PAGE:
It wasn’t Tarmon Gai’don. It wasn’t even close. But it was one of the greatest battles the north had seen. Years later, when the stories and the songs went around the campfire, they would speak of how Weir, Lord Major of the Shienaran Lancers, had fought three Myrrdraal at once. They would speak of how Lieutenant Kark had led a handful of soldiers against five great hordes of the Ghar’ghael, and used every chokepoint in the Winding Road to win against impossible numbers. They would speak of how Lieutenant Neveyan had single-handedly drawn a hundred trollocs back deep into the Ruined Keep with a mesmerizing battle dance, dodging and destroying as he went, and giving the soldiers of Shienar time to regroup.
The commanders fought tooth and nail that day. They were vastly outnumbered but there was hope. Lord Kajin had received the pigeon a day ago – the White Tower was sending reinforcements.
And so Lord Ragan had taken his scouts deep into Tarwin’s Gap to stem the onslaught of trollocs pouring south. Only a handful remained to stand guard over the Dusty Road while sharp-eyed urchins kept an eye on the battle from the Dusty Tower, passing along reports to Lord Madin and Lord Agelmar, who were poring over the battle strategy in the war room.
One of them was a swift-footed wisp of a girl called Isabel, barely thirteen. She had been found as a baby by Footman Nash, who was patrolling outside the northgate of the town of Lockshear. There were bears and worse not far away, Nash knew. And so he had taken her back to the inn, with no thought but to return her to her mother.
But no mother had stepped forward. Instead, every day when he came back from the fighting, the death, and the devastation caused by the war, he found himself back beside her makeshift crib in the local wisdom’s house. He found himself talking to her about how Lancelaut had beaten him without armor or shield in a spar or how a Green sister had danced all night at the tavern with a wealthy Cairhienen Lord and the next morning every one of her eleven Warders was riding out of the Malkier Gate astride a fine Domani Razor, with their pockets none the lighter.
To all this Isabel had but one answer – a gurgle.
The day came when she turned two, and he arrived as usual at the wisdom’s house to find her haltingly stepping toward him. Her tiny legs eventually gave way and she fell where she stood, near his foot. Then she crawled towards his feet and burped. When he bent to pick her up, feeling as if his heart would burst, he heard the wisdom wryly say, “I can keep mixing you those red vials you supposedly need or you could just take her to Fal Dara.” Nash couldn’t stop smiling for a week.
Isabel grew up in the barracks, and the soldiers got used to the quiet girl who would slip away every time the conversation grew too raucous. She liked to talk to the horses in the stables. She befriended the healers who came to visit. She sat by Master Uno as he trained his students. When the Blight was calm and the soldiers resting, Isabel ran around and played like any other child. But when the fighting came south, like every child who was raised in the Borderlands, she had a part to play.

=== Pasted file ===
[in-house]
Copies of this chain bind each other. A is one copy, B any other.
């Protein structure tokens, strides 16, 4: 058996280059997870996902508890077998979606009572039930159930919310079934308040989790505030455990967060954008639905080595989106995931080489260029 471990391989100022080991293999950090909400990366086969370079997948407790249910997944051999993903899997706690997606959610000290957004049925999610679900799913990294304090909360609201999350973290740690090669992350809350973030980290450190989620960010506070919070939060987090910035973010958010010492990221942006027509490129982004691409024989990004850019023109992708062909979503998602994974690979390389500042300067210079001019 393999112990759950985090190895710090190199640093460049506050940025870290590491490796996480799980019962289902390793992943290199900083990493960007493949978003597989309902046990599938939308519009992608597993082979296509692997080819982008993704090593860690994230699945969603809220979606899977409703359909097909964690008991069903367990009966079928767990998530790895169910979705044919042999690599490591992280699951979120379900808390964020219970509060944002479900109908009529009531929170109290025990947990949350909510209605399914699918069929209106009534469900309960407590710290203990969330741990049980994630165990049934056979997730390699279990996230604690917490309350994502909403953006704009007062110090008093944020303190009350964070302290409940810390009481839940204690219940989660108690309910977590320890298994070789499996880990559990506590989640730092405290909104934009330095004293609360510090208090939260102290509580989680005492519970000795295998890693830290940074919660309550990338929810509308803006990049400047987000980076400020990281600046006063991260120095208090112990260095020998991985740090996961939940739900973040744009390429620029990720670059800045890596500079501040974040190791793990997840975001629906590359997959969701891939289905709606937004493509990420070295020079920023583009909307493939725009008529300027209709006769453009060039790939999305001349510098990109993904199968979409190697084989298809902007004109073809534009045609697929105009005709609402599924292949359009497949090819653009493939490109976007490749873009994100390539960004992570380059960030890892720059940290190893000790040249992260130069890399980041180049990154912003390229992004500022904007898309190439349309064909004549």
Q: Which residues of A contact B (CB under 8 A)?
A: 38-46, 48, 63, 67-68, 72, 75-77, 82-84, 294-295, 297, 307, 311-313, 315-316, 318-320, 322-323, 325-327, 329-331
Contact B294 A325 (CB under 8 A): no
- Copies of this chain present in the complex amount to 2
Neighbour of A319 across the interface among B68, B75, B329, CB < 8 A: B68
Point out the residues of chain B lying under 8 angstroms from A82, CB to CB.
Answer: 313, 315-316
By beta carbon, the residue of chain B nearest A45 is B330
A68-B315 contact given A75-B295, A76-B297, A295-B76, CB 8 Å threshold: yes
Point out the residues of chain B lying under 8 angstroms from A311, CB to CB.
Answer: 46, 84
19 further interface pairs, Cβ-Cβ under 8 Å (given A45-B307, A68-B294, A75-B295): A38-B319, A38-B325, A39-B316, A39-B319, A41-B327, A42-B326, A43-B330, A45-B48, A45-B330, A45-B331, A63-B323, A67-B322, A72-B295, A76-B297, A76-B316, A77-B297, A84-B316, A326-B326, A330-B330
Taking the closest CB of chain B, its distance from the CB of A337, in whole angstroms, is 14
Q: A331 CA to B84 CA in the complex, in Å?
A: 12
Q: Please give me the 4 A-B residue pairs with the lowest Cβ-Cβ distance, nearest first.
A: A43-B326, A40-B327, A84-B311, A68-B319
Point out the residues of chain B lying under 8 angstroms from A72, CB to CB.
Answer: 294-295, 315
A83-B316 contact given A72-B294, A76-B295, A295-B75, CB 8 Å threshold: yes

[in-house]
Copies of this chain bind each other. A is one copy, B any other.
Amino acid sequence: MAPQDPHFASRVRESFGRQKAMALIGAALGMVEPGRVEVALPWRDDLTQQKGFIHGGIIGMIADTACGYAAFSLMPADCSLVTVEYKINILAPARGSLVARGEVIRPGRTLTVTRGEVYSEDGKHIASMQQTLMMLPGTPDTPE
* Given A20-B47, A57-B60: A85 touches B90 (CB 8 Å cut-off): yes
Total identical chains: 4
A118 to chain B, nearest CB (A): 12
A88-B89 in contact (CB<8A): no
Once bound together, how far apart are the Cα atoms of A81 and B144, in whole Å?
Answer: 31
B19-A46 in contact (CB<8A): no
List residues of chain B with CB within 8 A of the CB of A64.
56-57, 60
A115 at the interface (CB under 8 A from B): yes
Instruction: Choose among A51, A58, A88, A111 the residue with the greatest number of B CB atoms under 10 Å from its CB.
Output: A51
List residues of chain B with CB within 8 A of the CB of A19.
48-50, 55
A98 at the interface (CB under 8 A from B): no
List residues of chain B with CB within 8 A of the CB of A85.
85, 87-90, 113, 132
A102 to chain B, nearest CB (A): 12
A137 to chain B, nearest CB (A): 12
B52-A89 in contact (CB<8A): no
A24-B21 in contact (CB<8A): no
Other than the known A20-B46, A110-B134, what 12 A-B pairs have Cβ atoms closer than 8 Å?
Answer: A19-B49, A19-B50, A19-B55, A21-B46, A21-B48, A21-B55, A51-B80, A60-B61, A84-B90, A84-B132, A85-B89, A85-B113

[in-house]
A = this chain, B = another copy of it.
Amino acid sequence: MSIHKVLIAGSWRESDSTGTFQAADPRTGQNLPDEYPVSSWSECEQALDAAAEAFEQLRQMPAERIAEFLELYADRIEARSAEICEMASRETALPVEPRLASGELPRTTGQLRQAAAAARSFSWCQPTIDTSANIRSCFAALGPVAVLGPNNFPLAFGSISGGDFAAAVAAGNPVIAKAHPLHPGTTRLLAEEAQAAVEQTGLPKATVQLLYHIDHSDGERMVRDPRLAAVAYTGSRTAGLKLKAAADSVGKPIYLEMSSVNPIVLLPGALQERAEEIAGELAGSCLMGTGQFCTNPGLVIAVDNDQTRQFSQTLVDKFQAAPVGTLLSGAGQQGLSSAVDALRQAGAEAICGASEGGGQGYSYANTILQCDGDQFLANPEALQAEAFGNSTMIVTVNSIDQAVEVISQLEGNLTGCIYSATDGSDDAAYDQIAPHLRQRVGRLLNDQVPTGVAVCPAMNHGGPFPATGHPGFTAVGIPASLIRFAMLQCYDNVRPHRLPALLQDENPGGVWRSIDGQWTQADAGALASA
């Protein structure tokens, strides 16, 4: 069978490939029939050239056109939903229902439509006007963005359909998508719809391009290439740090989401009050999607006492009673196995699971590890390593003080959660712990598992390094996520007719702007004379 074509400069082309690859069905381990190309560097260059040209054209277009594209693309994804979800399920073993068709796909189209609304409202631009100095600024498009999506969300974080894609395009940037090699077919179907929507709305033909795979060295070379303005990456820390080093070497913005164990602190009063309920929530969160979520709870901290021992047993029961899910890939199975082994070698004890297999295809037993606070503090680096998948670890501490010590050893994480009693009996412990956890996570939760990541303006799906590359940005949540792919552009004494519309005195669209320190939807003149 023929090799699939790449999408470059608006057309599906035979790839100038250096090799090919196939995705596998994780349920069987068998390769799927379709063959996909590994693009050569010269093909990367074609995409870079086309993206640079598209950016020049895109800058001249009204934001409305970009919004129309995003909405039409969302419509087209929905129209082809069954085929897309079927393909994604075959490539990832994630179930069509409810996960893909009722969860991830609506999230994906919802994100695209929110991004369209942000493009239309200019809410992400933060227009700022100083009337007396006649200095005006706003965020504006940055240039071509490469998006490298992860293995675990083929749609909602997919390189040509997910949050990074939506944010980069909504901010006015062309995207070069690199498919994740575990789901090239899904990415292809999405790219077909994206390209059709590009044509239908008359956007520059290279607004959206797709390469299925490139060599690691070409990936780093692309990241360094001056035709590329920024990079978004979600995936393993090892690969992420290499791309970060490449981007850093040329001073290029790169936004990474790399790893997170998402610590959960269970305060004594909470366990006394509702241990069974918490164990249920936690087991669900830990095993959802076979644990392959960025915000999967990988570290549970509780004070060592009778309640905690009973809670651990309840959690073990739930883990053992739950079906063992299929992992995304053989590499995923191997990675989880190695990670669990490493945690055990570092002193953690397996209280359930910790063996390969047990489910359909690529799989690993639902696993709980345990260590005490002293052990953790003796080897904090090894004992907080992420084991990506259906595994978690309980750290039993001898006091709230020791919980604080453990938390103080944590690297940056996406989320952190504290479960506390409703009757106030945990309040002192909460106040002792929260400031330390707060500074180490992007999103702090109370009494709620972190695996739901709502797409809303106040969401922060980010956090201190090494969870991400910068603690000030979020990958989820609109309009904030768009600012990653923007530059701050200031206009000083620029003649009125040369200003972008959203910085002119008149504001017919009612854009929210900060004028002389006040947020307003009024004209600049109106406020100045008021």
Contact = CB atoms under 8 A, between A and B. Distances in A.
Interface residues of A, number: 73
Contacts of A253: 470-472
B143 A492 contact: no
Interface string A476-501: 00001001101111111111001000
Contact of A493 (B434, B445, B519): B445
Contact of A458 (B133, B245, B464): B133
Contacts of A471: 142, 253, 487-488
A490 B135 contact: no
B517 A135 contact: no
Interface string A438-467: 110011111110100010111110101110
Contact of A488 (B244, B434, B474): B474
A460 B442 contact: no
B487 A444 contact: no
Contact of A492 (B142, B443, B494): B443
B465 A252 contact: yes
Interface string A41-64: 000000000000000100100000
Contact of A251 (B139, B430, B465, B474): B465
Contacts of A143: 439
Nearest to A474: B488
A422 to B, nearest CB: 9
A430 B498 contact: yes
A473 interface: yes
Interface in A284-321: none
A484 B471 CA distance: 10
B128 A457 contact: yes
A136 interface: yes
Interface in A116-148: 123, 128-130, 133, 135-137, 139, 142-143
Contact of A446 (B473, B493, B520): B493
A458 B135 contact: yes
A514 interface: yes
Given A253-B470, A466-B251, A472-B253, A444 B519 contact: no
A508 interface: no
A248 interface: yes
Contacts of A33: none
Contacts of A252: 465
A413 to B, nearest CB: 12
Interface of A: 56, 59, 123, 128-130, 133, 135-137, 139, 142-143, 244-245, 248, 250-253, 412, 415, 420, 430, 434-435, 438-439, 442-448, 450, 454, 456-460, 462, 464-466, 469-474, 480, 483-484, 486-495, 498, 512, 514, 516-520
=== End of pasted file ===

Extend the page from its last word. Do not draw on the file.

This was the girl who now looked to the south, watching for the reinforcements. There! The Tower was coming with their allies, banners streaming in the air, their horses riding hard up the Fal Dara road, almost at the Junction now. Isabel turned instinctively to Four East on the Dusty Road, where her father, now a Lieutenant, was battling a fist of trollocs who had been trapped by Lord Kark’s forces. It was no contest, and Isabel watched him turn in triumph to acknowledge Lord Hackett, whose brainchild the manoeuvre had been.
The laughter hadn’t quite left his eyes when a ball of flaming fire crashed into his chest. For Isabel, time slowed, would have stilled if she could have willed it. For this to not happen. Every moment of her training burst into sudden understanding as she watched Nash fall to the ground, as lifelessly, as carelessly, as inevitably as a stone tossed over a mountain.
Dimly, from a part of her brain that kept ticking like the beating of a heart, she heard shouts of “close ranks” and “it’s the dreadlord, Rhahr”. Dimly, the part of her brain that continued to breathe, continued to live in a world where her father was not, took note of the fact that the road was overrun by another fist of trollocs, this time led by a tall, commanding man in a sleek black coat. She found herself running down the steps of the watch tower, found herself throwing aside her bow and arrow, found herself pushing through the crowd, past the legs of the soldiers falling back, found herself kneeling in the dust before her father’s body, found herself letting out a breath she did not know she had been holding; now that she was at the only destination she ever wanted to be anymore.
She traced his cheek with her hands, the battle forgotten. Her life flashed before her eyes, dim and nebulous like a half-remembered dream – a life of holding her father’s finger as he taught her to walk, of being carried on his broad shoulders while he pointed out the gate defences of Fal Dara or the tall trees in the forested borderlands, of being sung to sleep even as the trollocs howled and snarled outside the Malkier Gate, of being rushed to the wisdom for a little scratch from her pet hawk, because her father couldn’t bear to see her in pain.